New York

David Robbins

American Fine Arts

Theorists of art during the Italian Renaissance, the historical crux that still preconditions the study of art in the West, consistently propounded the Horatian ideal of ut pictura poesis—“pictures like poetry”—as a model for serious painting. The theoretical and historical import of this concept lay in its capacity to legitimize images by their relation to previous significant texts. While the pictorial tradition of the Italian Renaissance has withered in the era of Modernism, the Horatian ideal persists in various covert, often repressed, ways. Formalist and minimalist theories explicitly advocated art as a purely optical or materialist phenomenon, while at least implicitly reserving the role of hermeneutic legitimation for themselves. Other recent conceptualist movements have fore-grounded textual paradigms—whether analytic philosophy, Freudo-Marxism, or post-structuralism—as the very matter of art itself.

In a recent, ambitious essay entitled “Art After Entertainment,” David Robbins continues this tendency. Surely, the echo of Joseph Kosuth’s “Art After Philosophy” is deliberate. In the background of each essay lingers the Horatian ideal, and, as the word “after” implies, possibly its passing: “pictures like philosophy,” “pictures like entertainment.” The latter might as well read “pictures like pictures,” thus short-circuiting the Horatian model. Robbins’ very title suggests the impasse of Conceptualism in the media-made era, while his essay adheres to those functions of legitimation that the title nullifies. In it, he reflects on his aspirations for a work of his, Talent, 1986: “I hoped [it] would cause both avant-garde culture and entertainment culture to confess their habits of mind, framing the issue of criticality itself. It was my attempt to tip the critical and the non-critical into a perpetual motion of mutual critique, simultaneously indicting art’s naive, excessive criticality and entertainment’s smug, oafish complacency; art’s chronic marginality and entertainment’s brutish populism; art’s fierce autonomy and entertainment’s collaborative nature; art’s addiction to disposable theory and entertainment’s poverty of theory.” These are large hopes.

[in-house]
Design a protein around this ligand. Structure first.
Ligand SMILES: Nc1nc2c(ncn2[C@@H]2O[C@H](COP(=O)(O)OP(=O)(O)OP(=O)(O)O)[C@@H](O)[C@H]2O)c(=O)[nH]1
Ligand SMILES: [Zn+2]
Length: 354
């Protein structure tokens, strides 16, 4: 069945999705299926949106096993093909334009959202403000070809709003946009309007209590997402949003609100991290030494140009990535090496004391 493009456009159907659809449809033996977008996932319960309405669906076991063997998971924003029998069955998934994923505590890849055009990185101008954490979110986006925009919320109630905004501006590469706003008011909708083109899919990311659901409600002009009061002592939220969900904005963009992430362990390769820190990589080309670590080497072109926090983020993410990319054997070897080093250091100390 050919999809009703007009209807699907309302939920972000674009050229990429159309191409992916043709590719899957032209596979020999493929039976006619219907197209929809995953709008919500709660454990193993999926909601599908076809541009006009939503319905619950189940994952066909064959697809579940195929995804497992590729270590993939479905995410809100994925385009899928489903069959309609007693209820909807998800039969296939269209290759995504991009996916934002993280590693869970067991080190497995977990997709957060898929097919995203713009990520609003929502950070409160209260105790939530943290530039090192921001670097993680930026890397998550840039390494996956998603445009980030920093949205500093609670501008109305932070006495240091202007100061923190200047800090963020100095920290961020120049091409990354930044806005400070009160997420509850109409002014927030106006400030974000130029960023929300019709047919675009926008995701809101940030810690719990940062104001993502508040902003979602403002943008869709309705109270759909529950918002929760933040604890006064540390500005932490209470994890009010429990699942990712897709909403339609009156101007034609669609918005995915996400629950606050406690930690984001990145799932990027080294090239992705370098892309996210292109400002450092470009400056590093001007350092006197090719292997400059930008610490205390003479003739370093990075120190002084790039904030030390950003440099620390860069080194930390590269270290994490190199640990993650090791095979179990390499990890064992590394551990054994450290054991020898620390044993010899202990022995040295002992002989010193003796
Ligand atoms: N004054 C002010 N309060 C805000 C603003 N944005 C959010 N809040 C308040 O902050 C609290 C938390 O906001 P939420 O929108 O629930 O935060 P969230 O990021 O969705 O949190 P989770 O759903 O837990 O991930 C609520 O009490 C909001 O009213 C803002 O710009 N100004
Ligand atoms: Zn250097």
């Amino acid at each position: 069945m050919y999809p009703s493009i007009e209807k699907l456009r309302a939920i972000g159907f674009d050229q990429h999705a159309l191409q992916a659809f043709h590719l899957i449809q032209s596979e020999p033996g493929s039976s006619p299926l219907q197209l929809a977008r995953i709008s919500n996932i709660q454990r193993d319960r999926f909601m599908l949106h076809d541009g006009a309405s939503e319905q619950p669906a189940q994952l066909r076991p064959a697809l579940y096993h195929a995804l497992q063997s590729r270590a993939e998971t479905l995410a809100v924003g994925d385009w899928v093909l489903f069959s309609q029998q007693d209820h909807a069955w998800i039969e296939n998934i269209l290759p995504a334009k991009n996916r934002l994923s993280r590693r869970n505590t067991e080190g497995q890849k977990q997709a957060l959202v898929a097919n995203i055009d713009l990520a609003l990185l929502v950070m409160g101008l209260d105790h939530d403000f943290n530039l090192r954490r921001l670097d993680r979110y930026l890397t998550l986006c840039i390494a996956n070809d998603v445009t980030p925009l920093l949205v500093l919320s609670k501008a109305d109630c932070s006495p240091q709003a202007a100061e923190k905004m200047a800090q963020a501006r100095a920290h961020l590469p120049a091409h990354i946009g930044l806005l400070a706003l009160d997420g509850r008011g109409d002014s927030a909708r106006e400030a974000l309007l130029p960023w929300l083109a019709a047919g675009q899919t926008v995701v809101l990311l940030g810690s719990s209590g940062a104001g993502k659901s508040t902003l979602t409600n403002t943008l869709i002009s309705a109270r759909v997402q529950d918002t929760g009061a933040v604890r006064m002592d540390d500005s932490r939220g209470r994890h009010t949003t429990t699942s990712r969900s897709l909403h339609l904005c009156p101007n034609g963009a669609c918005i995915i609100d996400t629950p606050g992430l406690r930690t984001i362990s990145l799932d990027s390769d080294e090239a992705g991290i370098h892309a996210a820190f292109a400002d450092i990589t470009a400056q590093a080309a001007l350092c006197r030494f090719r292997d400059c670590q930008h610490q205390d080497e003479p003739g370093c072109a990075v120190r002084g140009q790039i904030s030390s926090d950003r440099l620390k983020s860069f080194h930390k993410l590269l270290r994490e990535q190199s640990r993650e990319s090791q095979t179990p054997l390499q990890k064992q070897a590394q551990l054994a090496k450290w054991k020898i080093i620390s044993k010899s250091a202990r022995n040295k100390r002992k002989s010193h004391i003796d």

Robbins’ installation here, “A Foole Show,” represents the crystallization (if hardly the realization) of his ambitions. This motley collection of deadpan Cibachromes and ragtag assemblages alludes to the harlequin, the buffoon in commedia dell’arte. Robbins’ protagonist is disembodied and decomposed into the constituent elements of his costume, appearing as a patchwork denim-and-leather travel bag. This American harlequin, decked out in the stereotypical garb of bike boys, is a traveling man, a vaudevillian. He represents Robbins’ notion of the condition of the contemporary artist, a figure shuttling psychically between the mass-media fantasts of Hollywood and the critical and commercial myrmidons of New York. The artist-harlequin is an especially demoralized and marginalized antihero, relegated to pathetic blue-and-rose-period Picassoid poster kitsch or to the tacky clubs frequented by stand-up comics who sing for their supper.

David Rimanelli